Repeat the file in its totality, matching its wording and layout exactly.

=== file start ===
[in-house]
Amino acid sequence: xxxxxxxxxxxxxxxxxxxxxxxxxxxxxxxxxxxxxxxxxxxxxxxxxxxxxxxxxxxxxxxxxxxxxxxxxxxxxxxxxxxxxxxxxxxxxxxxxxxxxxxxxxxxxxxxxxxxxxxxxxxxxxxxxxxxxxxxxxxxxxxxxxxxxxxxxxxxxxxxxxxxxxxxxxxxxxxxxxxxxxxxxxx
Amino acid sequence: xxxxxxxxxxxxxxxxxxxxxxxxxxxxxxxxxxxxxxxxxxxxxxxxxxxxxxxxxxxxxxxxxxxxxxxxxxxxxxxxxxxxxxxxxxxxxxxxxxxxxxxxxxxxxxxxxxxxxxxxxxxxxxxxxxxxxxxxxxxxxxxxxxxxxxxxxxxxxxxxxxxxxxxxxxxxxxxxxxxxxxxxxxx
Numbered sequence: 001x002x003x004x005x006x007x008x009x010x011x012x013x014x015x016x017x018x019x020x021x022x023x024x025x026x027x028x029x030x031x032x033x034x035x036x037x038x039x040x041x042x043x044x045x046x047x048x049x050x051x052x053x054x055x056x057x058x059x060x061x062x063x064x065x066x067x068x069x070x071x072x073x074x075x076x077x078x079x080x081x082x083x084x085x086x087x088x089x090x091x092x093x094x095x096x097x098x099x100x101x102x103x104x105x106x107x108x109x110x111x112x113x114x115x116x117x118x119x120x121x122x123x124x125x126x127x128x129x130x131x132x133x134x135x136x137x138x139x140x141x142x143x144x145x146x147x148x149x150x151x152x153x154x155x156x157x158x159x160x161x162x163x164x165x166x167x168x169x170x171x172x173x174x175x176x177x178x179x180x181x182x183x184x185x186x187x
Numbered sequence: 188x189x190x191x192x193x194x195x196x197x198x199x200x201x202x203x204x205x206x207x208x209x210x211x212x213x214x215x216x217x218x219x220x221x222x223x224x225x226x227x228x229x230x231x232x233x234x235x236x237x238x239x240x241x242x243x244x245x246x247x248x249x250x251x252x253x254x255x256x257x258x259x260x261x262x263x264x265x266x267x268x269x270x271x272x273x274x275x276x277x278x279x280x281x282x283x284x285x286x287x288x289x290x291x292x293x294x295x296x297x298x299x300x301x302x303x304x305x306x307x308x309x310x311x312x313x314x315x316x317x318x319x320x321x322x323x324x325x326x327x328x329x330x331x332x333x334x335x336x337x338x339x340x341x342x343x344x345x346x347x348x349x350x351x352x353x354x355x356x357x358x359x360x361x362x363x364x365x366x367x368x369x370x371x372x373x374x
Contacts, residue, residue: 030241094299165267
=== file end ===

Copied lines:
[in-house]
Amino acid sequence: xxxxxxxxxxxxxxxxxxxxxxxxxxxxxxxxxxxxxxxxxxxxxxxxxxxxxxxxxxxxxxxxxxxxxxxxxxxxxxxxxxxxxxxxxxxxxxxxxxxxxxxxxxxxxxxxxxxxxxxxxxxxxxxxxxxxxxxxxxxxxxxxxxxxxxxxxxxxxxxxxxxxxxxxxxxxxxxxxxxxxxxxxxx
Amino acid sequence: xxxxxxxxxxxxxxxxxxxxxxxxxxxxxxxxxxxxxxxxxxxxxxxxxxxxxxxxxxxxxxxxxxxxxxxxxxxxxxxxxxxxxxxxxxxxxxxxxxxxxxxxxxxxxxxxxxxxxxxxxxxxxxxxxxxxxxxxxxxxxxxxxxxxxxxxxxxxxxxxxxxxxxxxxxxxxxxxxxxxxxxxxxx
Numbered sequence: 001x002x003x004x005x006x007x008x009x010x011x012x013x014x015x016x017x018x019x020x021x022x023x024x025x026x027x028x029x030x031x032x033x034x035x036x037x038x039x040x041x042x043x044x045x046x047x048x049x050x051x052x053x054x055x056x057x058x059x060x061x062x063x064x065x066x067x068x069x070x071x072x073x074x075x076x077x078x079x080x081x082x083x084x085x086x087x088x089x090x091x092x093x094x095x096x097x098x099x100x101x102x103x104x105x106x107x108x109x110x111x112x113x114x115x116x117x118x119x120x121x122x123x124x125x126x127x128x129x130x131x132x133x134x135x136x137x138x139x140x141x142x143x144x145x146x147x148x149x150x151x152x153x154x155x156x157x158x159x160x161x162x163x164x165x166x167x168x169x170x171x172x173x174x175x176x177x178x179x180x181x182x183x184x185x186x187x
Numbered sequence: 188x189x190x191x192x193x194x195x196x197x198x199x200x201x202x203x204x205x206x207x208x209x210x211x212x213x214x215x216x217x218x219x220x221x222x223x224x225x226x227x228x229x230x231x232x233x234x235x236x237x238x239x240x241x242x243x244x245x246x247x248x249x250x251x252x253x254x255x256x257x258x259x260x261x262x263x264x265x266x267x268x269x270x271x272x273x274x275x276x277x278x279x280x281x282x283x284x285x286x287x288x289x290x291x292x293x294x295x296x297x298x299x300x301x302x303x304x305x306x307x308x309x310x311x312x313x314x315x316x317x318x319x320x321x322x323x324x325x326x327x328x329x330x331x332x333x334x335x336x337x338x339x340x341x342x343x344x345x346x347x348x349x350x351x352x353x354x355x356x357x358x359x360x361x362x363x364x365x366x367x368x369x370x371x372x373x374x
Contacts, residue, residue: 030241094299165267